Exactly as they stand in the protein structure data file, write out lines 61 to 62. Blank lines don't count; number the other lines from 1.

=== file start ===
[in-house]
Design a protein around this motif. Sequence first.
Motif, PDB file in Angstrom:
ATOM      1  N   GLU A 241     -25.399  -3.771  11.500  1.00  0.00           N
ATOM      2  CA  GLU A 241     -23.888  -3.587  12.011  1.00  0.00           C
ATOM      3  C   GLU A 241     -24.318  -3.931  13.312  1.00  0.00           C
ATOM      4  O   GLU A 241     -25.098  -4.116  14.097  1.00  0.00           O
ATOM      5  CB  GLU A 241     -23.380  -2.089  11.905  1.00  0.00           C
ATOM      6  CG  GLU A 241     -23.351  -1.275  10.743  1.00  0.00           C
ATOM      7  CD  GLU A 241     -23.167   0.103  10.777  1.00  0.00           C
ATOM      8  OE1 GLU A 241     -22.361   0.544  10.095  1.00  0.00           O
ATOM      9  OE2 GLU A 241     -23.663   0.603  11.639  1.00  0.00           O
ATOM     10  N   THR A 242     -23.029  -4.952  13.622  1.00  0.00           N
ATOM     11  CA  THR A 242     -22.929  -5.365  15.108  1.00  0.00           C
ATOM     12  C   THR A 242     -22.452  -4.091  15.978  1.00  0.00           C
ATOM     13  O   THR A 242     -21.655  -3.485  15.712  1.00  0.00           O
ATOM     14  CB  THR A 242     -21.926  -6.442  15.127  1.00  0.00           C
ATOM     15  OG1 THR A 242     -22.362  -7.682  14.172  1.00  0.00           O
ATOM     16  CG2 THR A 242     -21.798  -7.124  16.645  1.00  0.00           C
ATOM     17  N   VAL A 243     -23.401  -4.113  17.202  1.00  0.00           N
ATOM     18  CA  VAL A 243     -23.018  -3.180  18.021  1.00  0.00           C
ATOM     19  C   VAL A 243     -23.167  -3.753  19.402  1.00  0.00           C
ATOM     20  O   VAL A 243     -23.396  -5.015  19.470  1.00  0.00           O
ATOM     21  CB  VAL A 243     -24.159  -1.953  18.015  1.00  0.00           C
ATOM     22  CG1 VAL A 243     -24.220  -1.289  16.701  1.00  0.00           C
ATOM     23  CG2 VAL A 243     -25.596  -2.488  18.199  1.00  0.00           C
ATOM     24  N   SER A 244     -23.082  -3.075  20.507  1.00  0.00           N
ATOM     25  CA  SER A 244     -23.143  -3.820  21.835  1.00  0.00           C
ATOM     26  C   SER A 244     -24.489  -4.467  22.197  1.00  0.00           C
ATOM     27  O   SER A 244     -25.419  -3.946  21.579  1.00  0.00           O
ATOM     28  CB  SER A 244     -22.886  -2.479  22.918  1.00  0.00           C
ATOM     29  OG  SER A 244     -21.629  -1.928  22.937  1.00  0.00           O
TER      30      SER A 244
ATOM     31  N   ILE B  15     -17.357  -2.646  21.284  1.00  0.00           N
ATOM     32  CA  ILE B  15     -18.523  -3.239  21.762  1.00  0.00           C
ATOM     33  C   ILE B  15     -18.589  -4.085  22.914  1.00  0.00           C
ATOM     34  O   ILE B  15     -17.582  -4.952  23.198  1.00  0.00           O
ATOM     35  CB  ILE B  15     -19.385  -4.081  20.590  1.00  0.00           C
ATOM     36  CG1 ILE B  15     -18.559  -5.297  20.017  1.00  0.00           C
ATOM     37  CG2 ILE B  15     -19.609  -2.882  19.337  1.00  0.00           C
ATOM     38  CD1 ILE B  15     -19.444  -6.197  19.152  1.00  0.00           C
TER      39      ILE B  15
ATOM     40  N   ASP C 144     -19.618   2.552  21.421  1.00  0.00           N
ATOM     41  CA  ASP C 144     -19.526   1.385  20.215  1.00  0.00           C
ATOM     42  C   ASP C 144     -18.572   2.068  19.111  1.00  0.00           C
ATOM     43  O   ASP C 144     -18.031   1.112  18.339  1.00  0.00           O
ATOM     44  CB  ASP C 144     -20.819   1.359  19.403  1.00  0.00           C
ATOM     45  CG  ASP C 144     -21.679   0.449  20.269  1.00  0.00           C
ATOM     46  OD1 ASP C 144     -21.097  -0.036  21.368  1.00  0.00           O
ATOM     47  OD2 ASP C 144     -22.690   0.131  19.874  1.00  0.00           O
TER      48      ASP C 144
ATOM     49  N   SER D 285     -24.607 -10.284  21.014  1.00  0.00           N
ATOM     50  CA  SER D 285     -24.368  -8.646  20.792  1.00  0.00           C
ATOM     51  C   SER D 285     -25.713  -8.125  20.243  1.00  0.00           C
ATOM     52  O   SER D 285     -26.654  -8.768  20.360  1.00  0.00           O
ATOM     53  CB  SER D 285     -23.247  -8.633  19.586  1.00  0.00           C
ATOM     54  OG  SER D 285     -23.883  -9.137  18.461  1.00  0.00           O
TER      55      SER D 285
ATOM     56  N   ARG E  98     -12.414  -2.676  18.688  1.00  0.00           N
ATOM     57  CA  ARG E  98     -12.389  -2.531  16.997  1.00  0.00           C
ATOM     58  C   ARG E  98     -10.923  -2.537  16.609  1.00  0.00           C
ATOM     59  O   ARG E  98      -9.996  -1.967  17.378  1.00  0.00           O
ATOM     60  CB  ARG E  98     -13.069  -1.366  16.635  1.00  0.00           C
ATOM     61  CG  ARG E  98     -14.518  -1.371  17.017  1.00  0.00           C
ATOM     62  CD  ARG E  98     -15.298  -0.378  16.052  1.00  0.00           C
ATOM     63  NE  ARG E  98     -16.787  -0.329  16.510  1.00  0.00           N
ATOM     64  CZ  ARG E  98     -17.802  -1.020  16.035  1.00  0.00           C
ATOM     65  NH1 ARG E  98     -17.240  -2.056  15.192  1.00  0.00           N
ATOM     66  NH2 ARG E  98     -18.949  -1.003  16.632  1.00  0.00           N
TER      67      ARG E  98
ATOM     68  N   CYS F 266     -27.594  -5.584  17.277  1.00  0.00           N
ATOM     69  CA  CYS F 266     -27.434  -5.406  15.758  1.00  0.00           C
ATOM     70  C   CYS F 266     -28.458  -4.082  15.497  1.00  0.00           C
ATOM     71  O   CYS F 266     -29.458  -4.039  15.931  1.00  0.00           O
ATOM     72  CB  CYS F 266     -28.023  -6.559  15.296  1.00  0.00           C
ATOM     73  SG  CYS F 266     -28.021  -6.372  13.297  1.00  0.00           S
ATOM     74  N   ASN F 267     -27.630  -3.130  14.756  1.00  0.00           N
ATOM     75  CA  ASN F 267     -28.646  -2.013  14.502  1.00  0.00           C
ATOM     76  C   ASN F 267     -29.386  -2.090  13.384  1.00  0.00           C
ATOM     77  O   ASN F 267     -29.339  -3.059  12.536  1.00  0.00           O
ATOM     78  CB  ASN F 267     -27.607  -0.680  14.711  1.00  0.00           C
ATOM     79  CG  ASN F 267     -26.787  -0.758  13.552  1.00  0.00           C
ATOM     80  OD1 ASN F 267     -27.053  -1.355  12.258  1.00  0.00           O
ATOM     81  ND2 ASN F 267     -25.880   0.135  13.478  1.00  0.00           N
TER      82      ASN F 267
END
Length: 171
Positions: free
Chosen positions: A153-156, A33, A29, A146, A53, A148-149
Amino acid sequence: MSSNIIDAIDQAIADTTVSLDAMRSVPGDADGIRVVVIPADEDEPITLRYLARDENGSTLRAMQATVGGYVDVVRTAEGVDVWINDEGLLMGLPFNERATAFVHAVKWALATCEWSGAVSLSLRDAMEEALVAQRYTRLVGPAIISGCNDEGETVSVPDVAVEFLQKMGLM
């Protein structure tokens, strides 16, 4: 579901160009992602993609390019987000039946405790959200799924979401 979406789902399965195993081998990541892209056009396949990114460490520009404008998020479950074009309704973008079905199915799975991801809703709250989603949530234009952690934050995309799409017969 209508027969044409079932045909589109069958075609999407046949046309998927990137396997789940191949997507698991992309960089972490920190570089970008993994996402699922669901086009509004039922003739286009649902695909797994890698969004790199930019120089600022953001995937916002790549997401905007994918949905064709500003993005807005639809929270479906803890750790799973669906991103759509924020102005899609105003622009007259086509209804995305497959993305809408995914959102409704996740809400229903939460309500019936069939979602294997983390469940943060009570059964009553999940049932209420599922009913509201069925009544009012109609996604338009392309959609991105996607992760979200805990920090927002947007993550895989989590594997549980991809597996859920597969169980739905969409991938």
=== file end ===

ATOM     58  C   ARG E  98     -10.923  -2.537  16.609  1.00  0.00           C
ATOM     59  O   ARG E  98      -9.996  -1.967  17.378  1.00  0.00           O